As it turns out, this is actually the easy bit. Sun's website has reams of documentation on their products available for download. The X2100 documentation spans four guides and a set of release notes. The one you want is the Sun Fire X2100 Server User Guide (pdf), or go to the online version - you need to read Appendix C.

Problem Number 2: Configure the SMDC card

Aha! The supplemental CDROM is bootable - I never thought to try that. Nothing written on it tells me it's bootable and all it holds are drivers so why would I boot from it? If you do start your server with the CDROM in you'll find it boots a DOS environment with hardware diagnostics. You can also exit to a prompt which will allow you to flash the system BIOS, and if you delve deep enough, you'll find the SMDC configuration utility - enigmatically monikered util.exe.

The SMDC card uses the second network interface on the X2100. Connect it to your LAN and run through the configuration pages to give the SMDC an IP address, subnet mask and gateway. You'll also want to set passwords on the four accounts that can be used to access the SMDC.

Problem Number 3: Talking to the LOM

The V20 and V40 servers were great - you used SSH to connect to the embedded linux system and used IPMItool to query the LOM. The X2100 doesn't do that. You have to use IPMItool to query the SMDC directly across the LAN. That would be great, if there was a version of IPMItool for MS Windows. There _is_ a DOS utility on the Sun CD. If anybody can tell me how it works I'd be grateful - Sun support were as in the dark as I was - but IPMItool it isn't.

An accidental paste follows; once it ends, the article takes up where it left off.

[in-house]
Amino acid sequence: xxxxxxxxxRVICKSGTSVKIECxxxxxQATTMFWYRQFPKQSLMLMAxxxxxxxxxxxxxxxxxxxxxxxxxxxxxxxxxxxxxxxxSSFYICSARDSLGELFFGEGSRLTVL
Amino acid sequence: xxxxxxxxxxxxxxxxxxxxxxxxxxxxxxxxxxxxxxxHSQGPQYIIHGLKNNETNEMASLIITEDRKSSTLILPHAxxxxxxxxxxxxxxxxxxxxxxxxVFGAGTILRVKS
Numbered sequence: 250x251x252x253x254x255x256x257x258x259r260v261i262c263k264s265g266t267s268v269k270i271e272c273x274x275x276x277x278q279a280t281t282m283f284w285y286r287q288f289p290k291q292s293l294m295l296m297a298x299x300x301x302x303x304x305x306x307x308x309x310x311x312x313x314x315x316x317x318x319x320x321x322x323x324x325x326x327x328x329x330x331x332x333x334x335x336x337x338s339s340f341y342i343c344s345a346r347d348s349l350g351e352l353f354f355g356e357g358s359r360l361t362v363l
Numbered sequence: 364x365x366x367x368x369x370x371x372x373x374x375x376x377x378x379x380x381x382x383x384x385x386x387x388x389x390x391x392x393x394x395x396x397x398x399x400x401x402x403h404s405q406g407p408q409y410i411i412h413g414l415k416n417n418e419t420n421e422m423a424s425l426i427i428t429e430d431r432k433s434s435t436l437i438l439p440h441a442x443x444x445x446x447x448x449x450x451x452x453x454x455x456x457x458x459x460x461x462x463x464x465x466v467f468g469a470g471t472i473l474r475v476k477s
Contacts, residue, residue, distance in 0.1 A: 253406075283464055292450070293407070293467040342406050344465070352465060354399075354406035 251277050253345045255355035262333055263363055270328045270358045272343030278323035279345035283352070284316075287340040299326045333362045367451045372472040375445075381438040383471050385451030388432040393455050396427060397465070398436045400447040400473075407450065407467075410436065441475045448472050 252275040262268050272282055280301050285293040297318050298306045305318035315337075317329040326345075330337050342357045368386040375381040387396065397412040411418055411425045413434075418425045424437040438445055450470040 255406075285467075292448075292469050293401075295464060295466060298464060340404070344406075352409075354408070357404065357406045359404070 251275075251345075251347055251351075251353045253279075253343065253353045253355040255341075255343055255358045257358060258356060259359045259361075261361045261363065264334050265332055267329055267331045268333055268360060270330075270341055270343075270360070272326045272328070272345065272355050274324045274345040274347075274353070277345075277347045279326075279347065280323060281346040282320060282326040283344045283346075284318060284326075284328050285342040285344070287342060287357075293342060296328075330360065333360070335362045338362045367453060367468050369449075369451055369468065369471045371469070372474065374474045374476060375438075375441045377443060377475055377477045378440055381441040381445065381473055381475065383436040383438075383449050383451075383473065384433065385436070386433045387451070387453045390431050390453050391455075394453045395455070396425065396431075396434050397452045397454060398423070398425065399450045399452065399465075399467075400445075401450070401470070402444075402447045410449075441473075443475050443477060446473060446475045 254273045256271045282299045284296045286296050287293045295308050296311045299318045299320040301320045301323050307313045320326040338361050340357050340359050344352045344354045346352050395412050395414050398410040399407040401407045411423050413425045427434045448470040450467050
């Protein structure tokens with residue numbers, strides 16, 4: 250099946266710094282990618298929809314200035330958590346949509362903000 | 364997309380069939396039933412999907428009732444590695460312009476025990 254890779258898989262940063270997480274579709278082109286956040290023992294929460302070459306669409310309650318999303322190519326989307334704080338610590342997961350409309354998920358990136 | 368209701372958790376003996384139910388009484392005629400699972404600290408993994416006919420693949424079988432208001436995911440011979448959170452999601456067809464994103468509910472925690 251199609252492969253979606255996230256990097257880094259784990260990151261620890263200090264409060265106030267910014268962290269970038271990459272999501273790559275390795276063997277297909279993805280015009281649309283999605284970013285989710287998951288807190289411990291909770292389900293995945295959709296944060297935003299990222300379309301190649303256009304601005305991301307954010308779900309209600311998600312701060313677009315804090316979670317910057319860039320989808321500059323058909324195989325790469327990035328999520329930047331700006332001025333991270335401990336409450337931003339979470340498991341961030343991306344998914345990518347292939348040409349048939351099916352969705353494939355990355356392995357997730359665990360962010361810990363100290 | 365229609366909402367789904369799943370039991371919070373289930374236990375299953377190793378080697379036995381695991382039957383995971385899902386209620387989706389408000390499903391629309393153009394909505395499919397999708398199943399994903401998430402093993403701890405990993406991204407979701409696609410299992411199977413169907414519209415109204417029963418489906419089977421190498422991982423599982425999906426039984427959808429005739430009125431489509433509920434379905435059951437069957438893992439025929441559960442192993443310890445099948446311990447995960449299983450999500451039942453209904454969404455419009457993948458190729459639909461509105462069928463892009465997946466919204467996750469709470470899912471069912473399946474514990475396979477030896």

I search high and low for a windows IPMItool. The devs have since offered to compile a version for me, but nobody has found the time yet. It matters less now, because I found ipmiutil on Sourceforge. They come in a 32-bit Windows version and allow me to query the SMDC over the network. They're not perfect - I can only query a subset of the available information, but they give me enough for now. I can query the sensors to see fan speeds and temperatures and I can power the system on and off, and reset it. That last part matters less now that I'm ten feet from the servers, not ten minutes, but what the heck!

A note - I query the SMDC using the Admin account. In order for that to work you need to specify the -V switch on the utility you are running and set the admin level to 4. If you don't do this, it won't work.

For example, to get the sensor readings for a server, connecting as admin, you would run:

sensor.exe -N x.x.x.x -U Admin -P password -V 4

And the SMDC will sing you a song about fan speeds and core temps.

Where next?

My next step is to investigate how I get the SMDC card to send alerts and events to a management system. More reading and experimentation is needed for that, and I'll write another post if and when I make some progress.